TEA Photo Contest: “Out of the comfort zone: Fieldwork in perspective”


Submission 109

Being uncomfortable with moving heights, the investigation of a Bronze Age barrow threatened by erosion, definitely brought me out of my comfort zone.

The round barrow is situated in the beautiful countryside on the east coast of Northeast Funen (Hindsholm), Denmark. Hovering on a brink 12 meters above sea level it is highly exposed to erosion caused by wind, rain and sea – and even more so in the future because of climate changes. The remaining parts of the monument will presumably disappear into the sea before the end of this century.

In 2015 pieces of a bronze sword was found on the beach below the barrow. This instigated a more thorough investigation and registration of the monument in 2016. The investigation was financially supported by the Danish Agency for Culture and Palaces as part of their focus on the increasing number of scheduled sites and monuments threatened by erosion. Because the barrow was scheduled we decided not to excavate and thereby destroy the remaining part, as it still holds a prominent and very visible position in the surrounding agricultural and coastal landscape. Instead we took advantage of the possibilities the erosion had left us. By 2016 approximately half of the barrow had disappeared in to the sea, and this in fact created a natural profile right through the center of it. Based on the results from recent excavations of a large bronze age barrow showing complex building sequences (The Skelhøj Project) our aim was to establish, how this more regular sized barrow of 20-22 meters in diameter was constructed, and to recreate the Bronze Age landscape using pollen and macrofossil analyses.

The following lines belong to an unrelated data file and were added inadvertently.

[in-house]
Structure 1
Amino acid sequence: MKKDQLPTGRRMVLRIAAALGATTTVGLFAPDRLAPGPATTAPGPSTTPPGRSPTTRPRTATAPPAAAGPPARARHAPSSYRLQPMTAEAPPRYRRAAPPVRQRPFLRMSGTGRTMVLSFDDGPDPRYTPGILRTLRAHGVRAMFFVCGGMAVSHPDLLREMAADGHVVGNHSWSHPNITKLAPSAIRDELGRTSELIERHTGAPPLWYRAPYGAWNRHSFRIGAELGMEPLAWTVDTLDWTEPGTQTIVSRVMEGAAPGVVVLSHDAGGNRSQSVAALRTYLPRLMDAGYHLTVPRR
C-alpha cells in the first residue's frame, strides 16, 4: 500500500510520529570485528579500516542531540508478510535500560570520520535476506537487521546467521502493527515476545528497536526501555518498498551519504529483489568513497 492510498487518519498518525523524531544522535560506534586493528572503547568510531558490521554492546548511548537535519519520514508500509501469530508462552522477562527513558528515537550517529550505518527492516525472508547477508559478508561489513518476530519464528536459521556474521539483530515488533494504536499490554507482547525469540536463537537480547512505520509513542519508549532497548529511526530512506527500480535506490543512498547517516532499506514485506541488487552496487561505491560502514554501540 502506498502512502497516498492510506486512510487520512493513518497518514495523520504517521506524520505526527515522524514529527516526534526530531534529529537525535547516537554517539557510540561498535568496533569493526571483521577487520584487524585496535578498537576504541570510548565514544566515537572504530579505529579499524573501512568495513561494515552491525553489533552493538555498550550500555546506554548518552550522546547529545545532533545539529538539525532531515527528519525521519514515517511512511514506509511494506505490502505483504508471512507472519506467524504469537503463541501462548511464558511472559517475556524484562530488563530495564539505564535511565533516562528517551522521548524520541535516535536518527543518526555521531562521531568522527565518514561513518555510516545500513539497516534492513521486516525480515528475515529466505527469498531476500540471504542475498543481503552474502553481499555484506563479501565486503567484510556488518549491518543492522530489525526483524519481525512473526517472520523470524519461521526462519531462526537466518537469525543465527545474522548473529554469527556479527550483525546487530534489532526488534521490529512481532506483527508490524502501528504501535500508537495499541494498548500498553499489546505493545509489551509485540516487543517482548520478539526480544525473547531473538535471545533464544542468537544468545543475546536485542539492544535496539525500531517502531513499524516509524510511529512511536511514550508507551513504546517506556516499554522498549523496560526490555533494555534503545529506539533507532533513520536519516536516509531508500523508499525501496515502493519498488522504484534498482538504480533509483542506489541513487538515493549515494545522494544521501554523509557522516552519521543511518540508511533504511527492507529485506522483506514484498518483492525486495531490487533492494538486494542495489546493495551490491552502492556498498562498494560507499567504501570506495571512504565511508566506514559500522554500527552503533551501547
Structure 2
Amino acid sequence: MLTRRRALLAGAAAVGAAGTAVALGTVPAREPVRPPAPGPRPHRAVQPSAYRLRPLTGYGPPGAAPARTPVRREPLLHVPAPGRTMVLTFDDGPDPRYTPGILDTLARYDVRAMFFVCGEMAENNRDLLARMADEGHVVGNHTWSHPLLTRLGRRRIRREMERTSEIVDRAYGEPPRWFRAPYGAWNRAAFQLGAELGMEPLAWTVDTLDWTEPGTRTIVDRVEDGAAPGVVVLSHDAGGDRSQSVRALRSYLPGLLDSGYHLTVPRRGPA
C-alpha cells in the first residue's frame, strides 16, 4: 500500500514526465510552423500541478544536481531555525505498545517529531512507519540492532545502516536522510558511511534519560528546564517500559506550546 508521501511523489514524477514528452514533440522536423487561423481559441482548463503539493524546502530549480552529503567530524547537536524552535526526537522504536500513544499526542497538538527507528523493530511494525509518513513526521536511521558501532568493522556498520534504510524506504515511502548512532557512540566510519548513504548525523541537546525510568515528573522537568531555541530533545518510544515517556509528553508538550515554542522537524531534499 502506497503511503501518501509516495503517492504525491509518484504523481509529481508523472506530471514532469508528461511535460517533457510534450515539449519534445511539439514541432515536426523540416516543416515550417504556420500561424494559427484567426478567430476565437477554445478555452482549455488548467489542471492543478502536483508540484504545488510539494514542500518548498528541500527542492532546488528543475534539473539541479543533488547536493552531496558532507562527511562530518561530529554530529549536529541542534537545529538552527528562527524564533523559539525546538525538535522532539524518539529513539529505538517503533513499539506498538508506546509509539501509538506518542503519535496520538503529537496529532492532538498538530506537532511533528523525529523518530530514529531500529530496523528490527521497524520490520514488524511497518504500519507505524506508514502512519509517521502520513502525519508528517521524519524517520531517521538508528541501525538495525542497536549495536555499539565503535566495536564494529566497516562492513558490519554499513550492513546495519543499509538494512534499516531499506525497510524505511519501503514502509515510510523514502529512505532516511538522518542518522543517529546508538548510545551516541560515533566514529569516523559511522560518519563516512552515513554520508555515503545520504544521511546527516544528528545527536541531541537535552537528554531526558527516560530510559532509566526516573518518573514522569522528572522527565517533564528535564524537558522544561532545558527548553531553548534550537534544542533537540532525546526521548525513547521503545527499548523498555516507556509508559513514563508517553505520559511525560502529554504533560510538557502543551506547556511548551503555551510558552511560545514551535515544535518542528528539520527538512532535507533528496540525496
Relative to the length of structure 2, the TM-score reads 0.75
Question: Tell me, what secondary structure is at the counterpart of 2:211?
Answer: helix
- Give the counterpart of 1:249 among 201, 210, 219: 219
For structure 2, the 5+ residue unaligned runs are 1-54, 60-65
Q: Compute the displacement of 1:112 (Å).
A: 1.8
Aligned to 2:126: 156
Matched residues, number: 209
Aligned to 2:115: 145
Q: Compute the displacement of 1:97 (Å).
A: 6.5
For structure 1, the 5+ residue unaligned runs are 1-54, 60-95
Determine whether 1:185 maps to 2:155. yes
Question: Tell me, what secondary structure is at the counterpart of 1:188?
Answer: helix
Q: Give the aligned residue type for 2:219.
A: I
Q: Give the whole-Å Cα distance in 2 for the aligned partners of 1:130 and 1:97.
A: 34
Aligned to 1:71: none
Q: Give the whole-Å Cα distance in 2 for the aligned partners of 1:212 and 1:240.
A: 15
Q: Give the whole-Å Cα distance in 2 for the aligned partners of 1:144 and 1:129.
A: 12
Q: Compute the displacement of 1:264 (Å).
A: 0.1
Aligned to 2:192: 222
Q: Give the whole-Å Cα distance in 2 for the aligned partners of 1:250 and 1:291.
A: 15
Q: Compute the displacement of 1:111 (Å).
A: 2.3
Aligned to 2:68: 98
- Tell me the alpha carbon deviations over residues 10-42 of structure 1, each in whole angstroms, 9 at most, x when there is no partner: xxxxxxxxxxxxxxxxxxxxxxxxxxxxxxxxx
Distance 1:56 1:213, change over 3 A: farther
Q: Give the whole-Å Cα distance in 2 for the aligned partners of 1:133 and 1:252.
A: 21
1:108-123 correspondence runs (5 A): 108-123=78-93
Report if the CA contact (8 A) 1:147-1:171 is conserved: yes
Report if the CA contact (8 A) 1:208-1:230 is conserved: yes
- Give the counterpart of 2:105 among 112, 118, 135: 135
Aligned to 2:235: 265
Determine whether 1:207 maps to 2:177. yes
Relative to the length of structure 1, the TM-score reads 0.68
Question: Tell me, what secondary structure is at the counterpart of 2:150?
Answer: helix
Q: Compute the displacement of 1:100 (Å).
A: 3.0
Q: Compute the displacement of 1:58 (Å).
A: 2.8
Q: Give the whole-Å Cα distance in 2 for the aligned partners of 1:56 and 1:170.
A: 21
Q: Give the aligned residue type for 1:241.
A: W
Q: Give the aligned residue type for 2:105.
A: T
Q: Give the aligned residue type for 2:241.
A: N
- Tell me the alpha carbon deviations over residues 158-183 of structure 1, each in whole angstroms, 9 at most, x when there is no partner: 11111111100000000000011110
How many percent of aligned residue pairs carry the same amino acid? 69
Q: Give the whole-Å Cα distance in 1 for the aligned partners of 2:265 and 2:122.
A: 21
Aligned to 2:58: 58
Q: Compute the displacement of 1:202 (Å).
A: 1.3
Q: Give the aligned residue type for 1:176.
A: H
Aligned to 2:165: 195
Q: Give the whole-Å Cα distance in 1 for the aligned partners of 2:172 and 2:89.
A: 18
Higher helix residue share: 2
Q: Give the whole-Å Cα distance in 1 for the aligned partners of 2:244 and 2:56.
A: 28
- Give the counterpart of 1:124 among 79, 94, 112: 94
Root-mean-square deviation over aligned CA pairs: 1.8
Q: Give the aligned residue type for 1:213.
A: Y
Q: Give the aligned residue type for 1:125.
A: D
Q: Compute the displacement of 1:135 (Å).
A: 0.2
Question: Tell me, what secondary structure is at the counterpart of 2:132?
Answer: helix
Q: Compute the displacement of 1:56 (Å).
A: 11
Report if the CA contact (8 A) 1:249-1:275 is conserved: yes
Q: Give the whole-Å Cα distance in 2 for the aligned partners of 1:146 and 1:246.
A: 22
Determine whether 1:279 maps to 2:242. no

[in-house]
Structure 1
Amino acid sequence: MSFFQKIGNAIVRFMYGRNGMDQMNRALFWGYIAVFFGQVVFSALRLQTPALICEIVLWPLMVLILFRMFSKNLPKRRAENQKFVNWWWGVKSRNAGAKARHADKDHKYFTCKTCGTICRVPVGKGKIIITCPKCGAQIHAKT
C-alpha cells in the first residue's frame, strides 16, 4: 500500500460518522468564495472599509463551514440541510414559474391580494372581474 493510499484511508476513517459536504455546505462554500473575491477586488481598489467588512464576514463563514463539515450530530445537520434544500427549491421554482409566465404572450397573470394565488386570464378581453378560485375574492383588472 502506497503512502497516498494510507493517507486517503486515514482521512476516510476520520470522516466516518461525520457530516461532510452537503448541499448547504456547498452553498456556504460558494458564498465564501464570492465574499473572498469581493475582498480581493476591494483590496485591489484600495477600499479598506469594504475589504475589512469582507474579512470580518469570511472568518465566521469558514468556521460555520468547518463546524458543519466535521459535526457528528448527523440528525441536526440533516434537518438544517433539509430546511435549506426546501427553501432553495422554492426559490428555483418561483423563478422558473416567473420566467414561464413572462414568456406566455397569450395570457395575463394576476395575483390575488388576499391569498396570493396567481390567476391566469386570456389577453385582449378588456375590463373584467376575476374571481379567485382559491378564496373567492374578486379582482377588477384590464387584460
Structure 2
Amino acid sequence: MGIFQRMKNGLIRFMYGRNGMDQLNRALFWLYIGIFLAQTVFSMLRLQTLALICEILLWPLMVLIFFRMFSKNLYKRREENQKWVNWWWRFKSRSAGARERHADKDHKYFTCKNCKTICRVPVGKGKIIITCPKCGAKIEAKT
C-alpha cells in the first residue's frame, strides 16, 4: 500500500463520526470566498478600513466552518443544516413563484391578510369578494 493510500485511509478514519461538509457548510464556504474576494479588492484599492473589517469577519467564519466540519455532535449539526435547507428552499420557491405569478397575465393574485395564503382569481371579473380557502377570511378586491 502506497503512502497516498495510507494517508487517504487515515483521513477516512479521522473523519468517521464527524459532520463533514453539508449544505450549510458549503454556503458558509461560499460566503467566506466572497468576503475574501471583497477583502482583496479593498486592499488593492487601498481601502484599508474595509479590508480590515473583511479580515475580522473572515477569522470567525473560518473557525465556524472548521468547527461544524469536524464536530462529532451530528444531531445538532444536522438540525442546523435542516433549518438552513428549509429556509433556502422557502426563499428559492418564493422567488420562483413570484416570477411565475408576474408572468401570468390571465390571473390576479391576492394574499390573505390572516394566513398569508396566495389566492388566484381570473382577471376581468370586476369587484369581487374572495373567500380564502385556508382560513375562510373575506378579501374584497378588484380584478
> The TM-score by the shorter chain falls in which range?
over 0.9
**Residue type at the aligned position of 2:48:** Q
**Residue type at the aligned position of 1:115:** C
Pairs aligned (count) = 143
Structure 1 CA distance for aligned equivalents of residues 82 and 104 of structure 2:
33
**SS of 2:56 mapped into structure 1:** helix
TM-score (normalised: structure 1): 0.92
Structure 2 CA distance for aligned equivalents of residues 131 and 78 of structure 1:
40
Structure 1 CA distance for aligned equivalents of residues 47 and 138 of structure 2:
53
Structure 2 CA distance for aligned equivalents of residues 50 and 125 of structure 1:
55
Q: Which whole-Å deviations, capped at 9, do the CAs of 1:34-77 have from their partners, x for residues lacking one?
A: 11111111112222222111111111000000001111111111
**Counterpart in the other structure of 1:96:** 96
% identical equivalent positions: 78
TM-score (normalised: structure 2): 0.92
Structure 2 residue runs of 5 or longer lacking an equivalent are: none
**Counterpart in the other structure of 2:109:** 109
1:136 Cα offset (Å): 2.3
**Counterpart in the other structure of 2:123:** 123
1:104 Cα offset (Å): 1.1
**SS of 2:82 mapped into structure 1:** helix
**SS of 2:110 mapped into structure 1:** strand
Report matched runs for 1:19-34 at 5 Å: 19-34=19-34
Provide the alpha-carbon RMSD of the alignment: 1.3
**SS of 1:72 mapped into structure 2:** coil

The picture shows me in the limited space of the lift basket, cleaning the barrow profile. I prefer being on firm ground, so the trip up in the lift, as well as the cleaning task, making the lift move up and down 12 to 16 meters above ground, was definitely challenging. We cleaned the profile in two meter broad sections and made photogrammetric registration before moving the lift repeatedly. This enabled us to register the entire barrow profile, showing at least three burial phases and demonstrating the use of wet turfs and turfs from areas that had already been de-turfed once. Leaving the comfort zone brought new perspectives on bronze age barrow construction – but please don’t ask me to go up there again!